The Army Chief correctly stated that the Army’s operations are not affected by any political turbulence. However, under Governor Rule there are no political sensitivities to cater to while undertaking initiatives in hard or soft operations. With the Governor chairing the Unified Command, there is a natural progression in the chain of command to the Centre. The expectation is that better flow of intelligence will occur when the Army, JK Police and the CRPF all report to a single point, the Governor. However, in my experience, the maximum flow of actionable intelligence is an outcome of personal relationships built between sub-unit commanders and the Special Operations Group (SOG) personnel who operate together.

I do sometimes perceive that the strength of terrorists has no link with the quantum of troops needed to be deployed. It is important to ensure no major spaces exist where gravitation of terrorist strength may take place. The emergence of Shopian-Kulgam area as the veritable hell hole occurred because we had few troops to dominate that area with our focus then on North Kashmir and infiltration. The famous Tral bowl has never had more than a unit worth of deployment. It could absorb a brigade but must receive at least an additional unit for now to dominate its inner ring of villages. The Army need not be hesitant about increasing strength where it is necessary, even if that is temporary. Additional units for Amarnath Yatra would already have arrived. If some more are required for sanitisation let these also be brought from the south of Pir Panjal. Of course, that area too cannot be denuded beyond a point. Additional strength must remain in the Valley until greater control is established.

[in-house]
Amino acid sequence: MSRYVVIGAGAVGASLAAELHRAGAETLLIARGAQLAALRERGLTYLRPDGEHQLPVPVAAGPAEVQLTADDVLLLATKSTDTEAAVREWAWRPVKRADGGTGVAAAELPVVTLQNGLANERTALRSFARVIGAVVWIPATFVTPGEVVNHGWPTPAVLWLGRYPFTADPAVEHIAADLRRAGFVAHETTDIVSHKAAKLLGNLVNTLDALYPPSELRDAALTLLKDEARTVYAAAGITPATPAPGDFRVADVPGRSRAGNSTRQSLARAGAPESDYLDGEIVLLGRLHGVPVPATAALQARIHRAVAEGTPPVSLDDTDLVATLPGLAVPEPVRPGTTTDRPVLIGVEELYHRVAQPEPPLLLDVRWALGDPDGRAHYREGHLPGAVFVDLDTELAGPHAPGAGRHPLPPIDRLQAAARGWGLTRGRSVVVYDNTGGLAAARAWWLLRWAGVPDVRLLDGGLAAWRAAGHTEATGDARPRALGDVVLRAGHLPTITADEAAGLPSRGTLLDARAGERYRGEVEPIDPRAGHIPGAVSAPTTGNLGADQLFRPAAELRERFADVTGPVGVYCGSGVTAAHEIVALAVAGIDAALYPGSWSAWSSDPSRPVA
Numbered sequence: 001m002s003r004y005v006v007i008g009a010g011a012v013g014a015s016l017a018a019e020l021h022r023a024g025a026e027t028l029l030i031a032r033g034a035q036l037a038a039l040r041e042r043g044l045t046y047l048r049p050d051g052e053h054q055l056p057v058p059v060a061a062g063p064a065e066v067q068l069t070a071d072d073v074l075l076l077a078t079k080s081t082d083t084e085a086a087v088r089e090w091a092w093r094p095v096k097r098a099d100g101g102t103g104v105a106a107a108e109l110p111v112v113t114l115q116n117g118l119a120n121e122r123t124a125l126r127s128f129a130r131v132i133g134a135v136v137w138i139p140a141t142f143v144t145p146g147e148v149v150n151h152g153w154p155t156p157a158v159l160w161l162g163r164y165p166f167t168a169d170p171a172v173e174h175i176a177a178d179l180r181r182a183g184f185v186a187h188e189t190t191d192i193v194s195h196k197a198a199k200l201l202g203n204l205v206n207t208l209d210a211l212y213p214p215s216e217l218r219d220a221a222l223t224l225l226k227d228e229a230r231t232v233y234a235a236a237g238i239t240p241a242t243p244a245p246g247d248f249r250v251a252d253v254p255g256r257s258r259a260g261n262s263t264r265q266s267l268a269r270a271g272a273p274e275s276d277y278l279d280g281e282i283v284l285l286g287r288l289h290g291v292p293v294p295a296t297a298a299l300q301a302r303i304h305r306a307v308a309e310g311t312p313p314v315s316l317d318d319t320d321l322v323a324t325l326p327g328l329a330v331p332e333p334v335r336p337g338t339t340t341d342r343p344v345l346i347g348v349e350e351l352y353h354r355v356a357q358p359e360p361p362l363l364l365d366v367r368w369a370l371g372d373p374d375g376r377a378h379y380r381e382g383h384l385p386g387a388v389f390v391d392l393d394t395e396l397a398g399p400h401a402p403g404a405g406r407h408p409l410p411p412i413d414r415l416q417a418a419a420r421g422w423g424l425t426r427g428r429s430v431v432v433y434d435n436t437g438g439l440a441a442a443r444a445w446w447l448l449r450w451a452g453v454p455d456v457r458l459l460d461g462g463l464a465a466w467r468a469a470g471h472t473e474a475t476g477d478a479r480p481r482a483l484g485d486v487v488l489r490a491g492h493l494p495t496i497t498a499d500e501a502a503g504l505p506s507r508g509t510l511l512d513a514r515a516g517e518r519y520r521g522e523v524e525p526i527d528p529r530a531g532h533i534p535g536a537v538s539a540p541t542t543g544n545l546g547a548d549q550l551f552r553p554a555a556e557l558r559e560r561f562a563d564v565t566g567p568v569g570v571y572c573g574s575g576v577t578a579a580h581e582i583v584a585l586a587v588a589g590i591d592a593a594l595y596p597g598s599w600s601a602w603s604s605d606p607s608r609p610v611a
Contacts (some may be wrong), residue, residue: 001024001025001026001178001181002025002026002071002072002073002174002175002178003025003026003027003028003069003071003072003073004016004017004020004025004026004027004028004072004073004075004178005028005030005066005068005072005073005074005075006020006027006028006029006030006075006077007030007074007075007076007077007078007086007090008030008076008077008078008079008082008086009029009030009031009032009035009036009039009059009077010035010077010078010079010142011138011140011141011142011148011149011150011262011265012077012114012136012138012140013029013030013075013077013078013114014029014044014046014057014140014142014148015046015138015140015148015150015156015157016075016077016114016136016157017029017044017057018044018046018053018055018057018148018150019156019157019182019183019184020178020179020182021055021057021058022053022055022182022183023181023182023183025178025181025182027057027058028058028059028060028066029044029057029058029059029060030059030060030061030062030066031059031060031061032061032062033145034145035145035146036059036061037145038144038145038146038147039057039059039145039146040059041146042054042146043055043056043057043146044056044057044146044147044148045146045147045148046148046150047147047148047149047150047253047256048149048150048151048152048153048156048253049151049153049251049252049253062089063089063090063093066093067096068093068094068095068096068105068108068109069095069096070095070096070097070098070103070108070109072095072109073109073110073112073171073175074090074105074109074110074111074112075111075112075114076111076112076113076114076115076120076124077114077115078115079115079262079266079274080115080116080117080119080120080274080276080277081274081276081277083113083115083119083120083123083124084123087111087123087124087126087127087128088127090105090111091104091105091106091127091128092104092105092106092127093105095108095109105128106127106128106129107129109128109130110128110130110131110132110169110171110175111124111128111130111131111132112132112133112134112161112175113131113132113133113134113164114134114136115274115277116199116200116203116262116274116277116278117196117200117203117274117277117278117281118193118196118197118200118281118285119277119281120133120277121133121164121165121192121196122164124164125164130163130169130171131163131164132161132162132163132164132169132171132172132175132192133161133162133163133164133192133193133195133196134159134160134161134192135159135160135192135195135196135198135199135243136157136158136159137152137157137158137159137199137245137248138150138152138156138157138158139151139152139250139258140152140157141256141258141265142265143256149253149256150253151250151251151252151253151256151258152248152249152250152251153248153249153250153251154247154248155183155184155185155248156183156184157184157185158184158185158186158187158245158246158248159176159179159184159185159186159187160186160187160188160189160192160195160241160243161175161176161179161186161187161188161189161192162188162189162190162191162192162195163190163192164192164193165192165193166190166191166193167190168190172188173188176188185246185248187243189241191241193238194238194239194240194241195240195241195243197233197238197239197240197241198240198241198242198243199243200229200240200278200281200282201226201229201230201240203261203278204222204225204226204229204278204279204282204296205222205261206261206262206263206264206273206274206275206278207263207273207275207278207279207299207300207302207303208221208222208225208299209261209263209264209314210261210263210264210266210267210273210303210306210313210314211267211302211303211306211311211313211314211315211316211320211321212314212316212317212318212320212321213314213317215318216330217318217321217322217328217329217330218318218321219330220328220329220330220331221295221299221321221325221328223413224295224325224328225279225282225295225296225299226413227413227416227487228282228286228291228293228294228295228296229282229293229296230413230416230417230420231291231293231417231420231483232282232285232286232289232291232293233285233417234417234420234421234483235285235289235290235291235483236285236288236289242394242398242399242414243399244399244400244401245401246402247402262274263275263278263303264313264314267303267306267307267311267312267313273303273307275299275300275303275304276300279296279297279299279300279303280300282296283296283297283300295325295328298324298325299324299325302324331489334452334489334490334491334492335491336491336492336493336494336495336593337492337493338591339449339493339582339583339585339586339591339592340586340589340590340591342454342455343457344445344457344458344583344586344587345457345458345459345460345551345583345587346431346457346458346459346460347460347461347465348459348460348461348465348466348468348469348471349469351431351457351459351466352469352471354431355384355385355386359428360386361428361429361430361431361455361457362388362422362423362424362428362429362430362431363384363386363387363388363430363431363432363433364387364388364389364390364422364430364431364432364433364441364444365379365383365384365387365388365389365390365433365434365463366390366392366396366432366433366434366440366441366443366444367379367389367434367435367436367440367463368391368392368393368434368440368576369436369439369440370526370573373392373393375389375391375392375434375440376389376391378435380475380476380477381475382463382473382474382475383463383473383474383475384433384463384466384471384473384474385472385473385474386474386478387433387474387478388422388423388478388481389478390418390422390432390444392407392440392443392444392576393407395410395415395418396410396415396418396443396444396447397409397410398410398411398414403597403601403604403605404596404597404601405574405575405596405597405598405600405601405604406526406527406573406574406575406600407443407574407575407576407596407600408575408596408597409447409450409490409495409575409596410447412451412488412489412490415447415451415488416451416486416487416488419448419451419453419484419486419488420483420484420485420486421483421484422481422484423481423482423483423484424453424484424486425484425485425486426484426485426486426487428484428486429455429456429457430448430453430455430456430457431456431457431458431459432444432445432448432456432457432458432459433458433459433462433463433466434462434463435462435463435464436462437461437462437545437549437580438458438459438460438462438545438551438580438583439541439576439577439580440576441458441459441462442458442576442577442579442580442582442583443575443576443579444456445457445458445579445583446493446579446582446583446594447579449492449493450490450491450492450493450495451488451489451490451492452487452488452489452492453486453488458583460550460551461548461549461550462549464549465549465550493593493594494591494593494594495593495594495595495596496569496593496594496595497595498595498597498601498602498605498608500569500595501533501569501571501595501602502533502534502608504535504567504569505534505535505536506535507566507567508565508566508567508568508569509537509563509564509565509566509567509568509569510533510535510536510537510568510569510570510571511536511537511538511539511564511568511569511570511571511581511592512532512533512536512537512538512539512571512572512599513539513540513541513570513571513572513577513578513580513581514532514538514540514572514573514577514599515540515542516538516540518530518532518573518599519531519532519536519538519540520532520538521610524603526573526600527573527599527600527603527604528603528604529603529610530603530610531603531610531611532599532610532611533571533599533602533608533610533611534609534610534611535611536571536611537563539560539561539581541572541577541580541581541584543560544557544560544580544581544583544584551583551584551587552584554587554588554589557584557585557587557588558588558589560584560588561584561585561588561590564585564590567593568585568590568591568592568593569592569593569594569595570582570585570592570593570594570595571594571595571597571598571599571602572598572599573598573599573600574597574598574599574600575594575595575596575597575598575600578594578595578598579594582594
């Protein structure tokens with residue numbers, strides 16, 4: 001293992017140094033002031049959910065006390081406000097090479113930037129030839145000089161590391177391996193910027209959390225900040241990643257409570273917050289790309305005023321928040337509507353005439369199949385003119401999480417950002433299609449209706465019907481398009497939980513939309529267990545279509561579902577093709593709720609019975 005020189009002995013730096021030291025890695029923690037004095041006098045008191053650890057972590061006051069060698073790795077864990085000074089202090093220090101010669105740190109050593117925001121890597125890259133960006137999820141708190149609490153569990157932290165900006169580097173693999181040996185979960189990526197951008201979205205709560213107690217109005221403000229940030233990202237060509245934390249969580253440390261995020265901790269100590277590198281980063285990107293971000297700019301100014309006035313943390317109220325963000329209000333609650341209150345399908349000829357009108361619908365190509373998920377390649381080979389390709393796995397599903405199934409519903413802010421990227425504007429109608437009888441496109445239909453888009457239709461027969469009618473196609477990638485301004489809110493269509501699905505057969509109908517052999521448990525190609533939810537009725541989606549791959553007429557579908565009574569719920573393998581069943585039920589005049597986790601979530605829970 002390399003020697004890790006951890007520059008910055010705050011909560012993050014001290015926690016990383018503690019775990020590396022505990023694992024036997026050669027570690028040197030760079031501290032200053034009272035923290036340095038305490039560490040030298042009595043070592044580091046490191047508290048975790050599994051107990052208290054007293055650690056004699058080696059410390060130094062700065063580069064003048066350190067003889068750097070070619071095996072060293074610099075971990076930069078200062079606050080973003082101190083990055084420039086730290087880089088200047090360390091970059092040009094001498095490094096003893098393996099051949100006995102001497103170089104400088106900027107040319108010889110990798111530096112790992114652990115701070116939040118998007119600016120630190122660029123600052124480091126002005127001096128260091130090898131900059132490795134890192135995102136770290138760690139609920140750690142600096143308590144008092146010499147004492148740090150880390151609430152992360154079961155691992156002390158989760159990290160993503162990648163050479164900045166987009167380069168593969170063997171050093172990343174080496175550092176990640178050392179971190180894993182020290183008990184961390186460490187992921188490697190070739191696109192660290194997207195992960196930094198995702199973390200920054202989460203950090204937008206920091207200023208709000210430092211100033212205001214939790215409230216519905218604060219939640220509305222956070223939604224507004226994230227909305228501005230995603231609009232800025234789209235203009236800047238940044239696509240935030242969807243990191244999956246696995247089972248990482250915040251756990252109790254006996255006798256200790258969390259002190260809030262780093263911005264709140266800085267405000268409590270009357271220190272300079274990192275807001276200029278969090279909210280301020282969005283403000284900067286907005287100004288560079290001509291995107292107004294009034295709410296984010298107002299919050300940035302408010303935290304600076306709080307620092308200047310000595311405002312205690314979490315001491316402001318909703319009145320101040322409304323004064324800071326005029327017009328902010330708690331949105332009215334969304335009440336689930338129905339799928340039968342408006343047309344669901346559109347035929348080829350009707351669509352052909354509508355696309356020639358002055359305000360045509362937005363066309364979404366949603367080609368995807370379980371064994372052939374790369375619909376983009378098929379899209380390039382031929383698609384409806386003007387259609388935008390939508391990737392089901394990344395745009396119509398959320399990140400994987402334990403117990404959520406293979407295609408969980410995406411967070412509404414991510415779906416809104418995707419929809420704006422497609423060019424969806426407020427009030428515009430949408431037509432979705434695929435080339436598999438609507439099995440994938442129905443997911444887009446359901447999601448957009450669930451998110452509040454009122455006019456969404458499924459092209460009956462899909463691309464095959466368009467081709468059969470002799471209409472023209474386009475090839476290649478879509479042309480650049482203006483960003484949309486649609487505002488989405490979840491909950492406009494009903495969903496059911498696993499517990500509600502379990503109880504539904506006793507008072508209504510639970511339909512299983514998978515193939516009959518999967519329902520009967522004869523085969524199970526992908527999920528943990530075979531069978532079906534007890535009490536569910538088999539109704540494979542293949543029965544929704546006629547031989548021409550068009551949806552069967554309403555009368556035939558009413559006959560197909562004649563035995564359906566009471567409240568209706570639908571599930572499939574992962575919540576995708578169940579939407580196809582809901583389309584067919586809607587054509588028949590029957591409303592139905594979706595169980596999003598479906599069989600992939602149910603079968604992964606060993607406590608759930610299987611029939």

All that leaves us with one nagging challenge and that is dealing with the emboldened stone-thrower beyond the use of hard power which must, of course, be demonstrated in a calibrated way. More on this will follow in subsequent analyses.

This article is written by Lt Gen Syed Ata Hasnain (Retd), The author commanded the 15 Corps in Jammu and Kashmir. This article has been posted with the author’s permission. Views expressed are personal.

The article was first published by DNA.